Jason Motte was fortunate that Jose Reyes’ scorching liner to center was right at outfielder Shane Robinson to end a strange night of baseball.

While we give manager Mike Matheny and GM John Mozeliak a moment to wipe their brows, let’s look at five trades that would immediately help the Cardinals’ stressed bullpen.

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Philadelphia Phillies: 5 Reasons to Believe the Phillies Can Still Take NL East

At the quarter pole of the 2012 season, the Philadelphia Phillies find themselves in unfamiliar territory—staring up at the rest of the National League East.  And while the Phightins are off to their slowest start in the last five years, there’s still reason to believe Philadelphia can claim its sixth consecutive division crown.  

Here are five good reasons to believe.

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Philadelphia Sports: Best Sports Quotes in Philly History

Philadelphia has had its fair share of interesting athletes throughout the years. Along with interesting characters, Philly sports figures have also been known for their infamous quotes.

Whether it was directly after a loss, or a miraculous fourth down reception or at a World Series parade, some Philly sports stars really knew how to blow a gasket or pump up a crowd.

No matter if it’s the Phillies, Eagles, Flyers, 76ers or Big 5 basketball, these quotes will definitely bring back some memories.

So without further ado and/or eloquence, here are the best/most ridiculous/most passionate quotes in Philadelphia sports history.

Warning: Some quotes have rather distasteful language

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The 5 Best Things About Citizens Bank Park

Since its opening season, in 2004, Citizens Bank Park in Philadelphia, Pennsylvania has completely changed the face of the Phillies organization.

In 2003, the Phillies ranked 24th in the MLB in attendance. After the inception of Citizens Bank Park in 2004, they rose all the way to fourth. The Phillies have now led all of baseball in attendance for the past three seasons. They are now working on a 204-game sellout streak going into the 2012 season. The stadium sells out every single night, and the atmosphere is perpetually electric.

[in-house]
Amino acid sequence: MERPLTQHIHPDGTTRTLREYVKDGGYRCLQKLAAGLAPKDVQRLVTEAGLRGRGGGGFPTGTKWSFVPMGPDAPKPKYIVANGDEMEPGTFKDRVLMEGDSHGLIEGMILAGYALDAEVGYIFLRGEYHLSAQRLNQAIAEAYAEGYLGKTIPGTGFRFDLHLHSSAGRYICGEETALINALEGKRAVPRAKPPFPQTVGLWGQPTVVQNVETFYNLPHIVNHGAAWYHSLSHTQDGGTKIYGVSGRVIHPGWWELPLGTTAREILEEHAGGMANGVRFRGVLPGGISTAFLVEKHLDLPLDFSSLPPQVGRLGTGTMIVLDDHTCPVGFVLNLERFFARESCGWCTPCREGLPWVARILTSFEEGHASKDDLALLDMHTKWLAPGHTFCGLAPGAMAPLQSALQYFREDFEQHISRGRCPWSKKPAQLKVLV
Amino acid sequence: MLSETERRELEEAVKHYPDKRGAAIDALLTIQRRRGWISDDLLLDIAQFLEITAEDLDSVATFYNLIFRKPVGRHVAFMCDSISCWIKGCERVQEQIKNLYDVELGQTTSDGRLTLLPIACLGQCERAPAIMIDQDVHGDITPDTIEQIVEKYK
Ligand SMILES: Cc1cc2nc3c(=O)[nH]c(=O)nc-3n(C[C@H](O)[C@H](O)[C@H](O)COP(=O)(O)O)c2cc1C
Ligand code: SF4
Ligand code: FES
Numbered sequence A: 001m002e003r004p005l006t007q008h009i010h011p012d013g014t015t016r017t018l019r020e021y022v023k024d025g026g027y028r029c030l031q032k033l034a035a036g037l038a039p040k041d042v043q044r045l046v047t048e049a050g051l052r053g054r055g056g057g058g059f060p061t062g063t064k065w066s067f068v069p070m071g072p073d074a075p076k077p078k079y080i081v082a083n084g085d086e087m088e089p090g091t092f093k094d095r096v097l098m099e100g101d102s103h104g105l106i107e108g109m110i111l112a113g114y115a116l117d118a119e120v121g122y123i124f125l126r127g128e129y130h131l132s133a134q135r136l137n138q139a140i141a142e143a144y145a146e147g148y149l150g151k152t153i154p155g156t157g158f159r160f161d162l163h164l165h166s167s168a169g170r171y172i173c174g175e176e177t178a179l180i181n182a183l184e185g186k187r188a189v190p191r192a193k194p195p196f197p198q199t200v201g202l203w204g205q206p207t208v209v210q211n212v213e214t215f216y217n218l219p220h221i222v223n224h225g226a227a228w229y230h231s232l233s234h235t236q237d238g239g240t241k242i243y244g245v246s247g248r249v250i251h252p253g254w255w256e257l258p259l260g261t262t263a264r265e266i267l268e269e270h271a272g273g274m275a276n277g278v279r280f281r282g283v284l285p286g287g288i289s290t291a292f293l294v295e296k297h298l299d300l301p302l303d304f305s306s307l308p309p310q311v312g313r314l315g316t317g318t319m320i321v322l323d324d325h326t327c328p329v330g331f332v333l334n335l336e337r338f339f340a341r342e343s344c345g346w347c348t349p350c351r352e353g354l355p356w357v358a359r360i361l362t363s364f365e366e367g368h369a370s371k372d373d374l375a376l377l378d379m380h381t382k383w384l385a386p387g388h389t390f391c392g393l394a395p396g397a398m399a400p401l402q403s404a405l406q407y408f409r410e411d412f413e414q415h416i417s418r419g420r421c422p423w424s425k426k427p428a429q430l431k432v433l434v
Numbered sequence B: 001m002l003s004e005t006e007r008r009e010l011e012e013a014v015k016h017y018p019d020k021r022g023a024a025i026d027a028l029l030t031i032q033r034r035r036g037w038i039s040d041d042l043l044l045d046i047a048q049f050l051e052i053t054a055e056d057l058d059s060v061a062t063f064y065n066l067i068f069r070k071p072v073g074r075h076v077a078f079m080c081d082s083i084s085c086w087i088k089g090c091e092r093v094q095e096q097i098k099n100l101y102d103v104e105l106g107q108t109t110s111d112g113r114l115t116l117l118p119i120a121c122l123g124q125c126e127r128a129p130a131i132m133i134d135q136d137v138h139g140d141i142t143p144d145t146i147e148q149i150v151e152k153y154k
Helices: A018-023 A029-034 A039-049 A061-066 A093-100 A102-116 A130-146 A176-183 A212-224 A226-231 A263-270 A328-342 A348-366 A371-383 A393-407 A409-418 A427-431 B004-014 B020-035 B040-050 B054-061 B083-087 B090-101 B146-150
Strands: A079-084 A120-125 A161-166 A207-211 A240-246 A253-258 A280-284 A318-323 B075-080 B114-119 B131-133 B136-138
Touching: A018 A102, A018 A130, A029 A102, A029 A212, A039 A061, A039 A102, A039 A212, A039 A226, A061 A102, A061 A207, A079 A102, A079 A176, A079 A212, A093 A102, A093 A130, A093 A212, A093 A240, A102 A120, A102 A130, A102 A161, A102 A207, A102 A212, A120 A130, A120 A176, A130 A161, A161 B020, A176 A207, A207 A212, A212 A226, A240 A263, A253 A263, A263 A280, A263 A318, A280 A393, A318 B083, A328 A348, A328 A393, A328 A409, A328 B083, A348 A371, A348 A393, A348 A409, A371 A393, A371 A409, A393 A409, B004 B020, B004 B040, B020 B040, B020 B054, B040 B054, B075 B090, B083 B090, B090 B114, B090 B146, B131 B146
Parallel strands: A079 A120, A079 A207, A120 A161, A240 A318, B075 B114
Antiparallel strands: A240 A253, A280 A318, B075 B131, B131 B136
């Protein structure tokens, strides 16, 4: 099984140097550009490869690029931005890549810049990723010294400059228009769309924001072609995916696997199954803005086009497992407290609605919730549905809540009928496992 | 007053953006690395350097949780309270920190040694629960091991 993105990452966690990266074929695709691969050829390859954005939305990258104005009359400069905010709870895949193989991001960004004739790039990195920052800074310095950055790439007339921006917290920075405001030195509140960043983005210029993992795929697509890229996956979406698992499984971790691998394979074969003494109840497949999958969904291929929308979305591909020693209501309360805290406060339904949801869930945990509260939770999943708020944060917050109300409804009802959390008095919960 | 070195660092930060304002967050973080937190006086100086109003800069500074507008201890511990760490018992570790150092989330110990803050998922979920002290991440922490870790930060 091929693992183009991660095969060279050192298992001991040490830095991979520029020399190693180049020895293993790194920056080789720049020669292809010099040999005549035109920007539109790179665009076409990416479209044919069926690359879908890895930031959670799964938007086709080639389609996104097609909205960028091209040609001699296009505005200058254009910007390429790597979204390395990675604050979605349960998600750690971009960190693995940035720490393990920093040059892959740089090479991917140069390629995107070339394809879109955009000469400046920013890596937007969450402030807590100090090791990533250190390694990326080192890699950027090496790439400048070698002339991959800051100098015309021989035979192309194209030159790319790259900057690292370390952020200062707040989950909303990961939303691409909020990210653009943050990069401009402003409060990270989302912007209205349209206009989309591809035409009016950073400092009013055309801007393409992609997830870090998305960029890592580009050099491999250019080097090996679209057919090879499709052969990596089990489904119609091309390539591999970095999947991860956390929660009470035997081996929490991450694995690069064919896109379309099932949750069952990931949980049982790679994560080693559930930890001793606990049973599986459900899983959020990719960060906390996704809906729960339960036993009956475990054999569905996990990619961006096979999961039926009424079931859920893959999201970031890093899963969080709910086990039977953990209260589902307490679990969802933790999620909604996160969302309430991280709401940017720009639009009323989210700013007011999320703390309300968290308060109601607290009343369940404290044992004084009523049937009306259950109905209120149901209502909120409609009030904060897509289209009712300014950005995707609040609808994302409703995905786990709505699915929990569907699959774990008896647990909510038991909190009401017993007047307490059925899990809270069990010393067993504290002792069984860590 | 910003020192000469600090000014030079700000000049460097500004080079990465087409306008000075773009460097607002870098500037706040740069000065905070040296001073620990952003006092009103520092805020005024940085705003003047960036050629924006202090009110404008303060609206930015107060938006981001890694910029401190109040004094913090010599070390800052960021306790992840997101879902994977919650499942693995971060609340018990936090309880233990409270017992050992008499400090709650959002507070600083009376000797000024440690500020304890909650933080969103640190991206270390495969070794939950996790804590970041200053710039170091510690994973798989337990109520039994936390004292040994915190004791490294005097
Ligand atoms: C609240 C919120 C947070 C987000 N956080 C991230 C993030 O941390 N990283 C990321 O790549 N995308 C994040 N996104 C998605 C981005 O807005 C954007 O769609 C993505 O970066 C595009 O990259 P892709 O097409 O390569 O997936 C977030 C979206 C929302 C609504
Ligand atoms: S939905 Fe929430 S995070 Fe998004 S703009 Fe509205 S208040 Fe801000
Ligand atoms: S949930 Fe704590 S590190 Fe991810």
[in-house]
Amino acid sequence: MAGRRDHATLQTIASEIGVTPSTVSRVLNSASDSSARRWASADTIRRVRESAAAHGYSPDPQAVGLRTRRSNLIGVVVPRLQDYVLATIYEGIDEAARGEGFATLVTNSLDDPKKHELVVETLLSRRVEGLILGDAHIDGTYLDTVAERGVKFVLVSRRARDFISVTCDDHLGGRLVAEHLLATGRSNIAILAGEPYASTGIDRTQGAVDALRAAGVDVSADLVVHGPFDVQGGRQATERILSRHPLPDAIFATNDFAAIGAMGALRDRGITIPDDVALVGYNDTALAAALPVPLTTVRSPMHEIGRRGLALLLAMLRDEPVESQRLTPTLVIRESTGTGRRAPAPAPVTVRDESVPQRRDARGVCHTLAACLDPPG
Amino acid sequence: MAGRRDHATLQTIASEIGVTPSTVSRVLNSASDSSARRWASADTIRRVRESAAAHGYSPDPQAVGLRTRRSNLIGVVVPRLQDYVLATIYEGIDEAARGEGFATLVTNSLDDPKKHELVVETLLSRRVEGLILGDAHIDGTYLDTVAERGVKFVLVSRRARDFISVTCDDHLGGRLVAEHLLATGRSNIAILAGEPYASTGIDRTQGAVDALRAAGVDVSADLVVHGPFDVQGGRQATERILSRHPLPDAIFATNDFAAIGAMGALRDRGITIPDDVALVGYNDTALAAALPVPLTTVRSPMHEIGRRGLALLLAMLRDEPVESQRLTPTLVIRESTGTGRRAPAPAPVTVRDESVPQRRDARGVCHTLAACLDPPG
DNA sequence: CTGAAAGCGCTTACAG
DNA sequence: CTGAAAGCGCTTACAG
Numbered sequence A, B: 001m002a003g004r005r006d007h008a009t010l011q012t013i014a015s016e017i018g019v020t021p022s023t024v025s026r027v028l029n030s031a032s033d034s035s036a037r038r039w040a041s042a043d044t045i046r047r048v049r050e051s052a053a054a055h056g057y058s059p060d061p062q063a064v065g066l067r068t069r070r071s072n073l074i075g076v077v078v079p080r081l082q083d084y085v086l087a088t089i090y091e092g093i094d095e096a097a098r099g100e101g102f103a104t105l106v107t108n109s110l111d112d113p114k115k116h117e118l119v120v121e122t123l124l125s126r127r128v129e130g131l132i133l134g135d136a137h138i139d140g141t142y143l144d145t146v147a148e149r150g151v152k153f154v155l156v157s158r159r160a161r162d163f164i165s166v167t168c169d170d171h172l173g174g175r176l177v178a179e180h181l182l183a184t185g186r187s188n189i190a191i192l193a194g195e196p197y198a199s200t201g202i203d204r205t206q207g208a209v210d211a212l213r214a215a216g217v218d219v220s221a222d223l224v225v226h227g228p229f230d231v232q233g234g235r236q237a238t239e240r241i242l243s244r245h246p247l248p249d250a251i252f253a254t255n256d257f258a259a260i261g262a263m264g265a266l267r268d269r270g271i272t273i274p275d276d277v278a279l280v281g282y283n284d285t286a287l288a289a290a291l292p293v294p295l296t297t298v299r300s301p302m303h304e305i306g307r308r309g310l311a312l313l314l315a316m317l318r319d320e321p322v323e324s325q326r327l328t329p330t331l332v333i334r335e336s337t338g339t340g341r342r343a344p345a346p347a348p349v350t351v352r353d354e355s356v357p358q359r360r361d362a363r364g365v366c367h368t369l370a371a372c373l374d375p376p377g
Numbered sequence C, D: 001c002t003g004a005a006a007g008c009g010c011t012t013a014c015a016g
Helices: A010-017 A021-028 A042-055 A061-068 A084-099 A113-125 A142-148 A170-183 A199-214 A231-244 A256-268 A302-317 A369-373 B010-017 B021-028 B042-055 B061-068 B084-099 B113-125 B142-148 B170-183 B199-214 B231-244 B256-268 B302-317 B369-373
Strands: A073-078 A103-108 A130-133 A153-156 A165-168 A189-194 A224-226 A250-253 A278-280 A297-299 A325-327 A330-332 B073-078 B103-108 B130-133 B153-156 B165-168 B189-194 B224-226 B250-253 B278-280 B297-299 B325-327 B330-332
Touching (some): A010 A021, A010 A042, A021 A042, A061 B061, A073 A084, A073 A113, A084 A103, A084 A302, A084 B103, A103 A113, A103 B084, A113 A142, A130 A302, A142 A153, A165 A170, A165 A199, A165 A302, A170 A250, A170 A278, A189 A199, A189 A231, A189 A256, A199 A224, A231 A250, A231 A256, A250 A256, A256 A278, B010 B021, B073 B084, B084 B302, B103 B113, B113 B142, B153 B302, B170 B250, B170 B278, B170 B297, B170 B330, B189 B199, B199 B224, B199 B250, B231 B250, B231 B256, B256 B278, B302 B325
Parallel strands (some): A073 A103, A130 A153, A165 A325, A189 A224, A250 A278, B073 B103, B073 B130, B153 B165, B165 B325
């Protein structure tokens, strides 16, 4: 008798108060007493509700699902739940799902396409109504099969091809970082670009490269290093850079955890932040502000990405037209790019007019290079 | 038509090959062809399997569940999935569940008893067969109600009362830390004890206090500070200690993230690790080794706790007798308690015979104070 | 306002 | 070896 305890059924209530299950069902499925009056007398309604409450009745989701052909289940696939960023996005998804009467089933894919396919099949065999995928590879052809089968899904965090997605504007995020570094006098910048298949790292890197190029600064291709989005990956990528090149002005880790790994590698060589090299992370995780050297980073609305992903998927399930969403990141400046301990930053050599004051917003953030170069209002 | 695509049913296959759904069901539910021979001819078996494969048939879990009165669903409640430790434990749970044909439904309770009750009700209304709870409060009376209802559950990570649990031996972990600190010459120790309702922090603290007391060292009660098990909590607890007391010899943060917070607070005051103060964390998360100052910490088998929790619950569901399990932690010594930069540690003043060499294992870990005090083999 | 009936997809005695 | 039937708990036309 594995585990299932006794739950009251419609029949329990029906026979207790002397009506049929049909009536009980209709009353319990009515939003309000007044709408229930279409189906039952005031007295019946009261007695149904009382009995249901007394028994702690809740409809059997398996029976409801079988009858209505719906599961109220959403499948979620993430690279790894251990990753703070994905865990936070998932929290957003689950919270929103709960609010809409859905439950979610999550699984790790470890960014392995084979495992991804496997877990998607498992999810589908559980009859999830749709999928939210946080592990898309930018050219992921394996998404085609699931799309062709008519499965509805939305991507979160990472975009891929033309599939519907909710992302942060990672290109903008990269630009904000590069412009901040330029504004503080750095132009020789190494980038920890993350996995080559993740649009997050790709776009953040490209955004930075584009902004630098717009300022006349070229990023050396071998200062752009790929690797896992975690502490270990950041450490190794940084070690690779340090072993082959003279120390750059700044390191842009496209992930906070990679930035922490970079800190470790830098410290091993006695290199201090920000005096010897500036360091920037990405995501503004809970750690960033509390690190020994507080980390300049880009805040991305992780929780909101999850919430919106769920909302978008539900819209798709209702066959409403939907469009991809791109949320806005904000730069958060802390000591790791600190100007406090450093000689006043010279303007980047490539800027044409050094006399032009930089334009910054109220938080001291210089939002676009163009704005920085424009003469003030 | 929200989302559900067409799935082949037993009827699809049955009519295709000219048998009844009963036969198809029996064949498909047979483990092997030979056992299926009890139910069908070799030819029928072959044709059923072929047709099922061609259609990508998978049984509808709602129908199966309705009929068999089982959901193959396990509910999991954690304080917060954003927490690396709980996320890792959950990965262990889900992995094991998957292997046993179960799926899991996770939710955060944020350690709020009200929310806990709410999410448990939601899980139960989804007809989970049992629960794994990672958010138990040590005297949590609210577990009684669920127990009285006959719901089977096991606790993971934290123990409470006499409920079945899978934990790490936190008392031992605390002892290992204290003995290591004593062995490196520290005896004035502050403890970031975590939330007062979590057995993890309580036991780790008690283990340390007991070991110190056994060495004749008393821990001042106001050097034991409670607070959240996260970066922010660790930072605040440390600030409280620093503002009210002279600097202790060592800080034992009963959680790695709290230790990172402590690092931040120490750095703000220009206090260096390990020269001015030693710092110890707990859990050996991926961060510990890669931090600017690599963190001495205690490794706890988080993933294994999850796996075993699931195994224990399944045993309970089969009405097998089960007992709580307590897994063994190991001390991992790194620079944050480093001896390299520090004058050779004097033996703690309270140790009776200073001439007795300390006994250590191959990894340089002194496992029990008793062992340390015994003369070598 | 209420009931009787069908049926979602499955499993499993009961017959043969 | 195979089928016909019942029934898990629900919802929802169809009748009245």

Not only does this state-of-the-art, $336 million stadium draw in massive crowds, but it supplies them with everything that a baseball fan could possibly dream of. 

The Philadelphia Phillies have created a model of success for other teams to follow in Major League Baseball. Over the past decade, they have gone from the basement of the National League to a perennial powerhouse. This turnaround all began with the introduction of the baseball paradise that is Citizens Bank Park

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Philadelphia Phillies: 11 J-Roll Moments from Jimmy Rollins

The show goes on in Philadelphia. Jimmy Rollins will be back after signing a three-year deal with the Phillies, along with a vesting option for a possible fourth year.

Rollins, No. 11, will make a reported $11 million annually for the contract to play with the team he’s been the starting shortstop the past 11 years.

So what can we expect from J-Roll the next few years? Maybe some more J-Roll moments. He’s had many already.

Here are the 11 greatest moments of the Phils $11 million/year shortstop, from the past 11 years. 

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Jimmy Rollins Signs 3-Year Deal with Philadelphia Phillies

Jimmy Rollins has agreed to a three-year deal with the Phillies, according to Jerry Crasnick of espn.com. The deal is said to be worth around $33 million with a fourth-year vesting option, according to Jim Salisbury of csnphilly.com. 

The Milwaukee Brewers were among other teams who were in the running for Rollins, but Crasnick himself stated, “Brewers made an offer, but he ultimately wanted to stay home.”

Rollins, who is 33 years old, hit .268 with 16 HR and 63 RBI last season. He has spent his entire career in Philadelphia, and Phillies fans will be satisfied to see him stay put.

Read more MLB news on BleacherReport.com